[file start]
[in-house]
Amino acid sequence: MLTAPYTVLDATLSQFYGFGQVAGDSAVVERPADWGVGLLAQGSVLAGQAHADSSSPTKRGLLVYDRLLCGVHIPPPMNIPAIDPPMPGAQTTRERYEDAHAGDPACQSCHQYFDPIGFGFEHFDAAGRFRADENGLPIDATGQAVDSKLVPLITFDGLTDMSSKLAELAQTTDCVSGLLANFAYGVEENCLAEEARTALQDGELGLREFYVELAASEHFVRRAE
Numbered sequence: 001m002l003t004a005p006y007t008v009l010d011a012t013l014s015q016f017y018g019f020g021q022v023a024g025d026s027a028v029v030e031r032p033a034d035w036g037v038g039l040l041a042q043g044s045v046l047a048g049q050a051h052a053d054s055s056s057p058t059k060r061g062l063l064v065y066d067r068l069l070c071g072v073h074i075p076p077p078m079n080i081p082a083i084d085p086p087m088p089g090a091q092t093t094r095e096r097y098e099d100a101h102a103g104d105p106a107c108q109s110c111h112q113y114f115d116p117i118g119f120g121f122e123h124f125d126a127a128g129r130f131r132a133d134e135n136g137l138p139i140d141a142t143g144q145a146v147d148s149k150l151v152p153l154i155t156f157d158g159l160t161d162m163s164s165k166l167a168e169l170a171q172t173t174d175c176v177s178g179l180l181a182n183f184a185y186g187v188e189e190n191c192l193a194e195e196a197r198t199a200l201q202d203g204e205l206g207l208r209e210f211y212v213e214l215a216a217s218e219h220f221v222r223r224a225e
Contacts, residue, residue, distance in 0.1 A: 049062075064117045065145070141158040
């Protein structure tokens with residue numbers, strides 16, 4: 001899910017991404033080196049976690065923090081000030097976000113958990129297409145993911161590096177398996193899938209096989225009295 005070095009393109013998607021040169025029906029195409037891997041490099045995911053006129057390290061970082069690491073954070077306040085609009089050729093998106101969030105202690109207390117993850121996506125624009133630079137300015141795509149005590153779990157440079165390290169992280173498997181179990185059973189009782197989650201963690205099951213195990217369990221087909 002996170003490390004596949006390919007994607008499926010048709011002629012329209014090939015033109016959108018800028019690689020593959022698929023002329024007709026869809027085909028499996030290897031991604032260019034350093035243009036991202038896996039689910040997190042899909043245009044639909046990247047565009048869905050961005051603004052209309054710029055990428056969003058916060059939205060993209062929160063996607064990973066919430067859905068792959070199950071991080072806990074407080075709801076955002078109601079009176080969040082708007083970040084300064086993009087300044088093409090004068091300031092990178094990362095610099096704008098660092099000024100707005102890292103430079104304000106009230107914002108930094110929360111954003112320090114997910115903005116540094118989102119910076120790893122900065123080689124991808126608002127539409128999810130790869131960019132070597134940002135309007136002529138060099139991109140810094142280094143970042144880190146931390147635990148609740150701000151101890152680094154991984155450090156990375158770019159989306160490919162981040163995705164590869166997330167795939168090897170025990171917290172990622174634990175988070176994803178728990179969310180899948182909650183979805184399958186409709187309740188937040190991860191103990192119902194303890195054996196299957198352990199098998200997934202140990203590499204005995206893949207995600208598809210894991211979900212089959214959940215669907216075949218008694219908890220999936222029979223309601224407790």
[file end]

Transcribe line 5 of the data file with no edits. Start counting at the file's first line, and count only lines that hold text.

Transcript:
């Protein structure tokens with residue numbers, strides 16, 4: 001899910017991404033080196049976690065923090081000030097976000113958990129297409145993911161590096177398996193899938209096989225009295 005070095009393109013998607021040169025029906029195409037891997041490099045995911053006129057390290061970082069690491073954070077306040085609009089050729093998106101969030105202690109207390117993850121996506125624009133630079137300015141795509149005590153779990157440079165390290169992280173498997181179990185059973189009782197989650201963690205099951213195990217369990221087909 002996170003490390004596949006390919007994607008499926010048709011002629012329209014090939015033109016959108018800028019690689020593959022698929023002329024007709026869809027085909028499996030290897031991604032260019034350093035243009036991202038896996039689910040997190042899909043245009044639909046990247047565009048869905050961005051603004052209309054710029055990428056969003058916060059939205060993209062929160063996607064990973066919430067859905068792959070199950071991080072806990074407080075709801076955002078109601079009176080969040082708007083970040084300064086993009087300044088093409090004068091300031092990178094990362095610099096704008098660092099000024100707005102890292103430079104304000106009230107914002108930094110929360111954003112320090114997910115903005116540094118989102119910076120790893122900065123080689124991808126608002127539409128999810130790869131960019132070597134940002135309007136002529138060099139991109140810094142280094143970042144880190146931390147635990148609740150701000151101890152680094154991984155450090156990375158770019159989306160490919162981040163995705164590869166997330167795939168090897170025990171917290172990622174634990175988070176994803178728990179969310180899948182909650183979805184399958186409709187309740188937040190991860191103990192119902194303890195054996196299957198352990199098998200997934202140990203590499204005995206893949207995600208598809210894991211979900212089959214959940215669907216075949218008694219908890220999936222029979223309601224407790």